Edie was already well known in NY high society in January 1965 when she first met Andy Warhol (superbly played by Guy Pearce), but it is the latter who, in this version at least, makes her famous. The factory - his infamous silver-walled loft on 231 East 47th Street - seems to have provided her with a substitute family and an ersatz father, who acted with equal ambivalence towards her in the end. If he wasn't borderline autistic, Warhol was brutally emotionally detached from everything that happened around him and to him ("it's just so much easier to be detached" he says here, knowingly). Edie's unabashed openness and her immediate emotional responses to her experiences seemed to free Warhol, albeit vicariously and fleetingly, from his own highly-controlled, disturbed behaviour.
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2 of 2 people found the following review helpful By M. Teles on 15 Dec 2009
Format: DVD
As an art teacher, having an colection of art movies help my students understand the time and place and diferent styles, this is one of them, I can also say Sienna is on her best... and Andy's work is well represented.
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2 of 2 people found the following review helpful By sam155 VINE VOICE on 23 Feb 2008
Format: DVD
Having read about Andy Warhol and his infamous factory as a student, I had some bare bones of knowledge about Edie Sedgwick's life. I had very much looked forward to seeing this film, despite its mixed reviews and I wasn't disappointed. It has authentic period touches, from an external shot of sixties NYC yellow cabs lined up outside a building, to Edie's clothes, many of which were original vintage rather than wardrobe department copies. The story is an old, old story of idealism, fame and disillusionment and ruin. Its happening right now to cetain celebrities and certainly serves as no advert for drug use. However, I will say that the story is strictly Edie-centric, so if her story doesn't interest you, then avoid, since she is in almost every frame. Sienna Miller's performance as Edie is outstanding, right down to the cultured East coast accent. She goes from stunning ingenue to haunted ghoul, without flaw. Warhol's embarrassed nonchalence makes him see only too heartless next to her histrionics, especially in the pivotel scene in the restaurant where she accuses him of ruining her. His response is to refuse to help her, and leave with his entourage. Much credit must go to Guy Pearce too, as Warhol- a superb actor who quietly gets on with his job, with little fanfare.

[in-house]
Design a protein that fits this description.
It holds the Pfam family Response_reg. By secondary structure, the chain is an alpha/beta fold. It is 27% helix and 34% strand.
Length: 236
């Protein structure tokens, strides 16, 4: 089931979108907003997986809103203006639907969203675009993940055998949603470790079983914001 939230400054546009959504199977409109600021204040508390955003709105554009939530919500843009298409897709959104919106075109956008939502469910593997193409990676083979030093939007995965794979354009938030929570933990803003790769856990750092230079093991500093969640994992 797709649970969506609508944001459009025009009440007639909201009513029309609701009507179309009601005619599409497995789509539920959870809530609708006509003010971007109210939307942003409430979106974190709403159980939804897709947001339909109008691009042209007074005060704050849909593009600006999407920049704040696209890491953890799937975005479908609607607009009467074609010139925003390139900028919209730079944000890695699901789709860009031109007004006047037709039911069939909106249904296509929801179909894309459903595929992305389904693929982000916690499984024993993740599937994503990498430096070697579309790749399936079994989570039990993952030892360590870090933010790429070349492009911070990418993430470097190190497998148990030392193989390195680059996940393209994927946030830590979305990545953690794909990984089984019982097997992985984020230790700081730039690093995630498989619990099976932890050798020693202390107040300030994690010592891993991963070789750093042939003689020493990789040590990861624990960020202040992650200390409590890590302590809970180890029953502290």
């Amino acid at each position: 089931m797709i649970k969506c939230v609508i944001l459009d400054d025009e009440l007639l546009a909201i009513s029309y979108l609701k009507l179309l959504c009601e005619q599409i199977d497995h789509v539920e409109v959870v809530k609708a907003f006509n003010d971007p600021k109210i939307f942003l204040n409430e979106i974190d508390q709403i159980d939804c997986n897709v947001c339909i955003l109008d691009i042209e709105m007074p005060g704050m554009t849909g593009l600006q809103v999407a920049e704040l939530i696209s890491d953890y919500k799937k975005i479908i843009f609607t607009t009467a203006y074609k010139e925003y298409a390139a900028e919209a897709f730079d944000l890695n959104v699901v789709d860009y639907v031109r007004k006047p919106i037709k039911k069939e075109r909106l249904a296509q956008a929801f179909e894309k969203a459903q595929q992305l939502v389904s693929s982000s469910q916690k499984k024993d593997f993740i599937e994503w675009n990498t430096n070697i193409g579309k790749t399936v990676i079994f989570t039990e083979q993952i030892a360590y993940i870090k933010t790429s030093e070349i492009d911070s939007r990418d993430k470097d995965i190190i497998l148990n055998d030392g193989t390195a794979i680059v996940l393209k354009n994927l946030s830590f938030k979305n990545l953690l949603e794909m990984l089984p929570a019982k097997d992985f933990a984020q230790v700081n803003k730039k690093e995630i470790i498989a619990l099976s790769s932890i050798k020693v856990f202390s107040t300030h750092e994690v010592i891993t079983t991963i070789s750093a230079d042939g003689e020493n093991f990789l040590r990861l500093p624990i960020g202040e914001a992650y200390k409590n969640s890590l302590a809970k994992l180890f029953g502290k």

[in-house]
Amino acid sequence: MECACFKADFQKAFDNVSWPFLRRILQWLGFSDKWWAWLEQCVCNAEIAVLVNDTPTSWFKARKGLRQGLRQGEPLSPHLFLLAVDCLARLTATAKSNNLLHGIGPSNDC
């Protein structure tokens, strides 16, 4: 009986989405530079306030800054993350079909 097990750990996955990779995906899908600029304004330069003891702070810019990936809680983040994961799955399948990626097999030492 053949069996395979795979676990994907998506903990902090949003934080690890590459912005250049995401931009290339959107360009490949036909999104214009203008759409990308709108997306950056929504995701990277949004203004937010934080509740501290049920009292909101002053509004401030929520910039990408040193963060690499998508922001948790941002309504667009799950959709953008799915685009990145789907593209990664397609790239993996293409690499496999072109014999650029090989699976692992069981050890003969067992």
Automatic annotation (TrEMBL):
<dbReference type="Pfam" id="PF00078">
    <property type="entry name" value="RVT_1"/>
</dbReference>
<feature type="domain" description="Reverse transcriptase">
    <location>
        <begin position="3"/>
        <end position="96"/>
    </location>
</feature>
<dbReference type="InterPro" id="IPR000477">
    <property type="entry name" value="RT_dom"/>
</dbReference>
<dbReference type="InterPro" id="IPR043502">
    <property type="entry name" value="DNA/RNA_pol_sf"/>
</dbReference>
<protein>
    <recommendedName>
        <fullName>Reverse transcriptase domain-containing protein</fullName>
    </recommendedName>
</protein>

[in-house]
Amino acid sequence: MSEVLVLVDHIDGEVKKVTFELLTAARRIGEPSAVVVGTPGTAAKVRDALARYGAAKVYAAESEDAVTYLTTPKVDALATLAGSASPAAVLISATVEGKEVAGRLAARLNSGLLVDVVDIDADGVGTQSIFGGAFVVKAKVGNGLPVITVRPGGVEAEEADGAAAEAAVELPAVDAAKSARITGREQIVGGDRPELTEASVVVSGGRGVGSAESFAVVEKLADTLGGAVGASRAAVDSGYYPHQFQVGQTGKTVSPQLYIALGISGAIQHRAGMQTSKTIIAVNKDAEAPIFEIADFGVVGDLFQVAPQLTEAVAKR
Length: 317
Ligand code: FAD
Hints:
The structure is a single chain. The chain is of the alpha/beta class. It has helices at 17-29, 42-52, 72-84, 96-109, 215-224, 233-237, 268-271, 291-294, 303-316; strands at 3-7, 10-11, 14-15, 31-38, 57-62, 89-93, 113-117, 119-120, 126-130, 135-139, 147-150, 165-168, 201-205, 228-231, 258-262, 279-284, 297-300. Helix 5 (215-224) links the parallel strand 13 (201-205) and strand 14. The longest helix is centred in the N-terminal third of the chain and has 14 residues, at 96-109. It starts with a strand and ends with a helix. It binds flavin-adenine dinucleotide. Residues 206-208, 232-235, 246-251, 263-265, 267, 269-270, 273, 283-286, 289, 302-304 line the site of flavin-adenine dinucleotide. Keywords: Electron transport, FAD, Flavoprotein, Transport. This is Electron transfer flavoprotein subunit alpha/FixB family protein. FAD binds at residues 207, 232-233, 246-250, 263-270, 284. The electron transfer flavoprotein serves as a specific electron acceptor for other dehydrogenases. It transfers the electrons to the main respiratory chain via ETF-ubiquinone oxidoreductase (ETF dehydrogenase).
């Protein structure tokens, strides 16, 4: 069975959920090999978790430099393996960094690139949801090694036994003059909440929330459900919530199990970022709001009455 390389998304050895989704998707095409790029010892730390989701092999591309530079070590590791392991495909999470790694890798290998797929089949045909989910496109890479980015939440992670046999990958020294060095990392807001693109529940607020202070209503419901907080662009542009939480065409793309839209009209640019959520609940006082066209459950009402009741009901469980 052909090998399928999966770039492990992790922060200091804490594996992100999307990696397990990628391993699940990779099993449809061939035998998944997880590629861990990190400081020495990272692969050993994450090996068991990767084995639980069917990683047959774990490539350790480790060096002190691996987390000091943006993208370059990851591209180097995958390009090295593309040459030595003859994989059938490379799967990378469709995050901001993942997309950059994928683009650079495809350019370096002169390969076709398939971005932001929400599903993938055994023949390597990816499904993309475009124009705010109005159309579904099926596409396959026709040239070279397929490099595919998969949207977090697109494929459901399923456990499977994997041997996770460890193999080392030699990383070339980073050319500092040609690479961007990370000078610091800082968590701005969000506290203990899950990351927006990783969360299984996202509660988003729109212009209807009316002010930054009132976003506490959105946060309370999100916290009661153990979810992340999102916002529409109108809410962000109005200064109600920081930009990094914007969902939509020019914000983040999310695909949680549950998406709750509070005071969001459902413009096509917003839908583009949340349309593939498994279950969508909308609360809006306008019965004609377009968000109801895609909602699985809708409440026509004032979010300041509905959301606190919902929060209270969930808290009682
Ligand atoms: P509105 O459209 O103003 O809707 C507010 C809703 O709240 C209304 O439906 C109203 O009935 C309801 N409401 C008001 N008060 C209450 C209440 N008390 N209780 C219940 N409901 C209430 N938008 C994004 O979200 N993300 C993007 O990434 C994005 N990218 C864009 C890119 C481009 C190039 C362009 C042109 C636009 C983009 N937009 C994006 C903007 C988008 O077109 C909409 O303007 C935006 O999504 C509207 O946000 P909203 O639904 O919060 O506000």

There are of course, instances of poetic licence plotwise, and who but Edie will ever know her true story? But its does pay graphic homage to a poor little rich girl who was a product of a unique era in time.